Purpose: : It has been suggested that peripheral optics and accommodation may have relevance in myopia development. However a complete description of peripheral retinal image quality as a function of accommodation has not been obtained yet. In this context, we measured peripheral wavefront aberrations for different accommodation stimuli.
Methods: : We used an open-view scanning peripheral wave-front sensor based on the Hartmann-Shack (HS) principle (Jaeken et al, Opt Exp 2011). The sensor operates in infrared light and measures the central 80o of visual angle along a horizontal meridian in 1.8 seconds. The path length between the eye and the first element of the HS sensor is constant across angles. A complete series of wavefront aberrations is obtained every 1o. A high contrast Maltese cross was used as accommodation stimulus for target vergences of -0.25D, -1D, -2D, -3D and -4D. Both eyes of 4 near-emmetropes and 4 moderate myopes (wearing habitual contact lens corrections) were measured. While accommodation was binocular, target and HS system alignment were maintained on the test eye. High angular resolution data of mean spherical equivalent (M), astigmatism (A), spherical aberration (SA) and horizontal (CH) and vertical (CV) coma were retrieved from the HS images analysed for a 4-mm pupil. Relative changes in peripheral refraction with respect to the central accommodation response were also calculated. We analysed each variable using multiple regression (MR) with main effects of target vergence, refractive group and up to 3rd-order trend in angle and their interactions.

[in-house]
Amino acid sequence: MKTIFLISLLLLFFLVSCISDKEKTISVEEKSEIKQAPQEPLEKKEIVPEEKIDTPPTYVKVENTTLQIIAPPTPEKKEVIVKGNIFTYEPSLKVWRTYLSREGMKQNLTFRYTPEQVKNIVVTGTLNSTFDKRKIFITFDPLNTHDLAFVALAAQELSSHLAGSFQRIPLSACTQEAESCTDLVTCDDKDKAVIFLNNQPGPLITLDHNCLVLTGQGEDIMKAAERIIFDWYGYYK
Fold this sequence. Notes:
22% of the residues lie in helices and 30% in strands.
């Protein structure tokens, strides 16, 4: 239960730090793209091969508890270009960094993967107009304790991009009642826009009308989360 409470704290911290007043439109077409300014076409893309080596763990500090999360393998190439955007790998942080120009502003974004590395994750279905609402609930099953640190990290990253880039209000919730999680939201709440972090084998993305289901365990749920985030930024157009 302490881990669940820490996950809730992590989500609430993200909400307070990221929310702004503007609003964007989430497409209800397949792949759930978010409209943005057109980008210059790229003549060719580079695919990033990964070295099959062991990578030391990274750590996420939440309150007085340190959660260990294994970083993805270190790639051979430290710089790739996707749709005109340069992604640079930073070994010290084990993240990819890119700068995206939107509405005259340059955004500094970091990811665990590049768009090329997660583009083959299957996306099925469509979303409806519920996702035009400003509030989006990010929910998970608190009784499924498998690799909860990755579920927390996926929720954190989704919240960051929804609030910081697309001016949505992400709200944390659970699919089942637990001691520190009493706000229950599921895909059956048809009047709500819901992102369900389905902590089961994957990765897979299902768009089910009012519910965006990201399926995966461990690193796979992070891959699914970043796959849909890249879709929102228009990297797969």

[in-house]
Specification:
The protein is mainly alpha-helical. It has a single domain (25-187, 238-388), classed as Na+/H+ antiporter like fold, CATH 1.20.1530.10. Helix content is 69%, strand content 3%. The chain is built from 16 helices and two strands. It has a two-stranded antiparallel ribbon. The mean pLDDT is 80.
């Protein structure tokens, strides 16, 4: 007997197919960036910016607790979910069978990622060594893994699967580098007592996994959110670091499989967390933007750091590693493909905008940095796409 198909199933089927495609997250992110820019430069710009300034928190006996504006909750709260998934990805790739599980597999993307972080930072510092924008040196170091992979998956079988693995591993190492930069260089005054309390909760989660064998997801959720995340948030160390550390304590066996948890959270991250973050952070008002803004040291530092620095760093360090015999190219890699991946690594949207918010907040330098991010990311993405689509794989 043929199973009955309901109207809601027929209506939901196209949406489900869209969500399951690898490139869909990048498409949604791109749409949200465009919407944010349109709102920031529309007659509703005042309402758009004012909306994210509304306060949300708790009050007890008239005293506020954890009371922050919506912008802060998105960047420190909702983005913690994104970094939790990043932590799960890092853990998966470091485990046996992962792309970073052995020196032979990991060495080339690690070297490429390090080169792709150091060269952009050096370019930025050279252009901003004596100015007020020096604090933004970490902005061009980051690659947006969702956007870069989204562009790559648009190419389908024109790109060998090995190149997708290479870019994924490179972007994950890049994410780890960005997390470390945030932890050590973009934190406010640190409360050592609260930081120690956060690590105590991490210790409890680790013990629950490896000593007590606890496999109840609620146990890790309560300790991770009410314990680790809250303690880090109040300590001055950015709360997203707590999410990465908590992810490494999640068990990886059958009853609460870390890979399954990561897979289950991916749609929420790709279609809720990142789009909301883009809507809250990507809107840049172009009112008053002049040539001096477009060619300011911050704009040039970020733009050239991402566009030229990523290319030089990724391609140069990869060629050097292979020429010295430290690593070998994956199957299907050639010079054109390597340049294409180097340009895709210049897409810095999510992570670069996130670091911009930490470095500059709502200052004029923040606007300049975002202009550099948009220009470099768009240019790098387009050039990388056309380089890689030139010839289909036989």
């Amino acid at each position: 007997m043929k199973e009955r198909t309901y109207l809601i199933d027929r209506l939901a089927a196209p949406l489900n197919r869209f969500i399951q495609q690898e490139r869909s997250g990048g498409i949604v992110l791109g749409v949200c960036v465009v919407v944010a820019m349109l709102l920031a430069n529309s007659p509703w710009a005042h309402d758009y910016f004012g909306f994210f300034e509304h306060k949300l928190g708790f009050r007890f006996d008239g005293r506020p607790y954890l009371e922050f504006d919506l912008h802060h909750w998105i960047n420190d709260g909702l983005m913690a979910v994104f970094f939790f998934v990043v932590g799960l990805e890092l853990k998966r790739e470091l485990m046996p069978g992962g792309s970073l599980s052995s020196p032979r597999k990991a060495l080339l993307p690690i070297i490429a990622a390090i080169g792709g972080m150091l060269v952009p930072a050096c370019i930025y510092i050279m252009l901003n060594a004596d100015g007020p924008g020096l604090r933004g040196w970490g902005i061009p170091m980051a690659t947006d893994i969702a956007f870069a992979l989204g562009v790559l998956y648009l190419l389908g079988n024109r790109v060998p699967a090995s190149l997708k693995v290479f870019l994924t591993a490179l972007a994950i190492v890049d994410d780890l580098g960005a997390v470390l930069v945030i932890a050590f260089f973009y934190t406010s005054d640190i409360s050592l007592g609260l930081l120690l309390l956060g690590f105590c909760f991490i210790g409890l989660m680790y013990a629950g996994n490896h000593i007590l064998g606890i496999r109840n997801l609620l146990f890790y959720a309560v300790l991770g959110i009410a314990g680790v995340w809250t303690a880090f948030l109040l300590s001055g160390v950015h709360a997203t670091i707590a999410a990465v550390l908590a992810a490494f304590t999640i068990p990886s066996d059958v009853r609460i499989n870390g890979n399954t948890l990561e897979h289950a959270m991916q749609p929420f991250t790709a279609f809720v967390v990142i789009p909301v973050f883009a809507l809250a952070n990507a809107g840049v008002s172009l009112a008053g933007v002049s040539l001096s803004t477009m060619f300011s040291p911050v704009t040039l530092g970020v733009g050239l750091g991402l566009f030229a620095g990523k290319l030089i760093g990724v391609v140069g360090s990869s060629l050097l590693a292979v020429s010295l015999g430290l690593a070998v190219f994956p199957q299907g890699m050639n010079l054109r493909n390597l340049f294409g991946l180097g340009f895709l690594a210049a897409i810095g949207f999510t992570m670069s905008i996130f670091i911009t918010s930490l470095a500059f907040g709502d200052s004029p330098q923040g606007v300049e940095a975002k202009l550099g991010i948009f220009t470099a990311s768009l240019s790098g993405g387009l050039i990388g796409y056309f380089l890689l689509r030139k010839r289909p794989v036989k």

Results: : The foveal accommodation response followed typical behaviour, exhibiting accommodative lag that increased with target vergence. All variables showed significant (p<<0.01 all variables) mirror symmetry between eyes. Notable statistically significant (p<0.05) effects from MR included: M, A, CV and SA changed with target vergence while CH did not. All variables showed tilt (1st-order) asymmetry except M. All variables exhibited curvature (2nd-order) except M and asymmetry of curvature (3rd-order) except CV. (e.g. on average, A increased by more than 1 D at 30o visual angle for the -4D target.) Interaction effects involving target vergence showed that tilt changed with accommodation for all variables except M and CV while curvature changed with accommodation for all variables except CV.
Conclusions: : Small, but statistically distinguishable changes in peripheral optics due to accommodation have been measured. Even with the small sample size, we found differences between refractive groups in asymmetry and curvature. These observations may be relevant to refractive error development and worthy of further investigations.